Trials start for new system to allow electric motorcycles to replace depleted batteries at stations

Transport Minister S. Iswaran viewing a pay-at-point solution for electric vehicle charging by Voltality on Sept 2, 2022. ST PHOTO: JASON QUAH

SINGAPORE - Two companies here will be testing battery swopping systems that could allow electric vehicle (EV) users to swop out their depleted batteries instead of waiting for their EVs to be charged.

Two trials, each lasting 12 months, by electric scooter companies Gogoro and MO Batteries will involve 26 electric motorcycles and two battery swopping stations, said the Land Transport Authority (LTA) on Friday.

Electric motorcycle fleet management specialist MO Batteries will work with Singapore Post and security company Prosegur to have their riders on the trials.

Gogoro’s partner, diversified motor group Jardine Cycle & Carriage (JC&C), will work with food delivery and logistics fleet companies to deploy the vehicles.

The trials, which are slated to start this month, will examine the potential of swopping battery technology for motorcycles, said LTA. 

It follows the revision in March of the technical standards surrounding EV charging that addresses battery swopping for motorcycles, and is part of the nation’s push to make land transport and other sectors environmentally friendly.

Gogoro will partner JC&C to use 20 electric motorcycles and 100 swoppable batteries across two stations.

The batteries in each vehicle can last for around 100km. Gogoro said swopping out depleted batteries for fully charged ones will take seconds.

The battery swopping stations will be modular in design to allow for expansion with more charging points, said the company. 

Gogoro had participated in the development of the revised standards relating to EV charging in Singapore, including the details on battery swopping systems.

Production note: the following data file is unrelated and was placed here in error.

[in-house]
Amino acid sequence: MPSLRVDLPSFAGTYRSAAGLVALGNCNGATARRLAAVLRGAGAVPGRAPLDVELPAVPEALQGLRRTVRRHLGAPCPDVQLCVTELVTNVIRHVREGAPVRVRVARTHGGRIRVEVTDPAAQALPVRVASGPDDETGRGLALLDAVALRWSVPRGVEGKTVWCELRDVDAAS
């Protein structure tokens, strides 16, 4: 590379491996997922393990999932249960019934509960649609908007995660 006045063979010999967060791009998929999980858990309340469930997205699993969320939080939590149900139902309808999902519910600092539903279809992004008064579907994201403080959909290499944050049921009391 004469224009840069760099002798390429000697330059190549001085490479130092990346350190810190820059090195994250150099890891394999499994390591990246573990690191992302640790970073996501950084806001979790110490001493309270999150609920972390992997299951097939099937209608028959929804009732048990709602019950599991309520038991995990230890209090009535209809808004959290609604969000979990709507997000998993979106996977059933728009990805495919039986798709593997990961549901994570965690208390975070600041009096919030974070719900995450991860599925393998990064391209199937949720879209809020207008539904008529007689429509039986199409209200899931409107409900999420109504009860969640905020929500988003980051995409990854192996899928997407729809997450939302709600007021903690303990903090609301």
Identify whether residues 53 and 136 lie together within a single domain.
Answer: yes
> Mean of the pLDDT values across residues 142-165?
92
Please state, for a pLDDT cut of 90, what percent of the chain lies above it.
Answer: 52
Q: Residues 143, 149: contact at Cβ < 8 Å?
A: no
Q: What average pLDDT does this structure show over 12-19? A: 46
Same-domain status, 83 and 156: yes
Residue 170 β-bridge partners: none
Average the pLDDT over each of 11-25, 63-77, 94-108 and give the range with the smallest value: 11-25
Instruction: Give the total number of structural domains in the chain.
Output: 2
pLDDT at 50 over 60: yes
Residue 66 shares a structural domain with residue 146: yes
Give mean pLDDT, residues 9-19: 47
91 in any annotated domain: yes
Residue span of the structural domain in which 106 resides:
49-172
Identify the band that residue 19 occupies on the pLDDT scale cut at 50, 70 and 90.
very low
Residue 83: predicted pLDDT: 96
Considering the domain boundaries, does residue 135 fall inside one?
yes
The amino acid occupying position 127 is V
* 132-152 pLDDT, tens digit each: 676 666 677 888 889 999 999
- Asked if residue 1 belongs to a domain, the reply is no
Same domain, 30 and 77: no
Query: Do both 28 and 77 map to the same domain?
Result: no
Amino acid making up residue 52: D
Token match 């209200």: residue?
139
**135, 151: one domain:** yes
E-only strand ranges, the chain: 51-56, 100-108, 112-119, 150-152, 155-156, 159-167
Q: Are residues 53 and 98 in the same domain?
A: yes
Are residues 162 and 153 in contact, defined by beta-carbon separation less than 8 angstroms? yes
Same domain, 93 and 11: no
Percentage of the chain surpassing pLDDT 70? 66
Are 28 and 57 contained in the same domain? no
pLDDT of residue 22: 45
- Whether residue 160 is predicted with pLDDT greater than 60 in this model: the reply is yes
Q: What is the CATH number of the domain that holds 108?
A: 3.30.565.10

The company said that one of its key objectives in the trial is to have its battery swopping platform certified under the revised standards. 

MO Batteries will trial six electric motorcycles, 30 swoppable batteries and 14 chargers across two battery store-and-swop stations.

The locations of the two stations have yet to be announced.

LTA said to further support the move towards cleaner vehicles, new training and certification courses have been launched. This initiative was first announced in May.

Technicians can sign up for subsidised courses and obtain certification related to the safety and maintenance of EVs under the Workforce Skills Qualification framework developed by SkillsFuture Singapore.

Three of these courses from Ngee Ann Polytechnic, Singapore Polytechnic and the Institute of Technical Education are now open for enrolment.

Along with the certification, employers with staff undergoing training will also be qualified for salary support of up to six months.

On Friday, Transport Minister S. Iswaran also gave an update on the Forward Singapore exercise relating to the area of transport.

The exercise was launched in June by Deputy Prime Minister and Finance Minister Lawrence Wong. It will see the fourth-generation leaders work with Singaporeans to review and refresh the social compact and plan for the future. 

Mr Iswaran said Singapore must arrive at a new equilibrium in terms of what its land transport system should look like, and how it will balance the competing needs of choice, climate and costs.

Speaking at an event to mark Land Transport Industry Day, the minister said that over the next few months, the Ministry of Transport and LTA will engage Singaporeans to hear their opinions and ideas on the issue.

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